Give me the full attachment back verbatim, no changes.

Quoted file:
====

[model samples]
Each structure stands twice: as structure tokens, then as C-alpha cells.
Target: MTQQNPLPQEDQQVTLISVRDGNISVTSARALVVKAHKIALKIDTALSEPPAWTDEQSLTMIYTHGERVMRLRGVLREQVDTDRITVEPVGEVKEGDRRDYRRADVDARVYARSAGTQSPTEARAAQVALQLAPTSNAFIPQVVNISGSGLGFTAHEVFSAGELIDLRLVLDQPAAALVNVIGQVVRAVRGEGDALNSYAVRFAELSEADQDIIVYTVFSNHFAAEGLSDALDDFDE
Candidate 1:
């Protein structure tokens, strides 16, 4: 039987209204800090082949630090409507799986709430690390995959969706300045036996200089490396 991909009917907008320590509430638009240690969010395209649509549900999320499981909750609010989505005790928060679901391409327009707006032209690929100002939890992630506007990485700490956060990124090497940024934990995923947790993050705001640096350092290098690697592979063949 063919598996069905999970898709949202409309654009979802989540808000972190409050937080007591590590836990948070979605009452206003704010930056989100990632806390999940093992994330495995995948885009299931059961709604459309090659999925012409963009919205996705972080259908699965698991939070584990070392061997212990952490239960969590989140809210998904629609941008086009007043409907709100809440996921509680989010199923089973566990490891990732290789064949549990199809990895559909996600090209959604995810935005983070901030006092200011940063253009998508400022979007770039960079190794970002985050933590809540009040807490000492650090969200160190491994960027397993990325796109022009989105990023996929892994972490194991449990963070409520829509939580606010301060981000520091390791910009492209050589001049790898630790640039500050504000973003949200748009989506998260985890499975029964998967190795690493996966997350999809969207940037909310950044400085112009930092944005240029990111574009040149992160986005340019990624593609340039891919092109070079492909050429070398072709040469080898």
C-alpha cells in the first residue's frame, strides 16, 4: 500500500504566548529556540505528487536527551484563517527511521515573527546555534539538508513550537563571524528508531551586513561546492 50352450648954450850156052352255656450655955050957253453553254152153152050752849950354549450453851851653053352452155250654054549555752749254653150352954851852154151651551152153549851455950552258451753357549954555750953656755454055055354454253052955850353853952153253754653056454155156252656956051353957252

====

[model samples]
Each structure stands twice: as structure tokens, then as C-alpha cells.
Target: MTQQNPLPQEDQQVTLISVRDGNISVTSARALVVKAHKIALKIDTALSEPPAWTDEQSLTMIYTHGERVMRLRGVLREQVDTDRITVEPVGEVKEGDRRDYRRADVDARVYARSAGTQSPTEARAAQVALQLAPTSNAFIPQVVNISGSGLGFTAHEVFSAGELIDLRLVLDQPAAALVNVIGQVVRAVRGEGDALNSYAVRFAELSEADQDIIVYTVFSNHFAAEGLSDALDDFDE
Candidate 1:
């Protein structure tokens, strides 16, 4: 039987209204800090082949630090409507799986709430690390995959969706300045036996200089490396 991909009917907008320590509430638009240690969010395209649509549900999320499981909750609010989505005790928060679901391409327009707006032209690929100002939890992630506007990485700490956060990124090497940024934990995923947790993050705001640096350092290098690697592979063949 063919598996069905999970898709949202409309654009979802989540808000972190409050937080007591590590836990948070979605009452206003704010930056989100990632806390999940093992994330495995995948885009299931059961709604459309090659999925012409963009919205996705972080259908699965698991939070584990070392061997212990952490239960969590989140809210998904629609941008086009007043409907709100809440996921509680989010199923089973566990490891990732290789064949549990199809990895559909996600090209959604995810935005983070901030006092200011940063253009998508400022979007770039960079190794970002985050933590809540009040807490000492650090969200160190491994960027397993990325796109022009989105990023996929892994972490194991449990963070409520829509939580606010301060981000520091390791910009492209050589001049790898630790640039500050504000973003949200748009989506998260985890499975029964998967190795690493996966997350999809969207940037909310950044400085112009930092944005240029990111574009040149992160986005340019990624593609340039891919092109070079492909050429070398072709040469080898």
C-alpha cells in the first residue's frame, strides 16, 4: 500500500504566548529556540505528487536527551484563517527511521515573527546555534539538508513550537563571524528508531551586513561546492 50352450648954450850156052352255656450655955050957253453553254152153152050752849950354549450453851851653053352452155250654054549555752749254653150352954851852154151651551152153549851455950552258451753357549954555750953656755454055055354454253052955850353853952153253754653056454155156252656956051353957252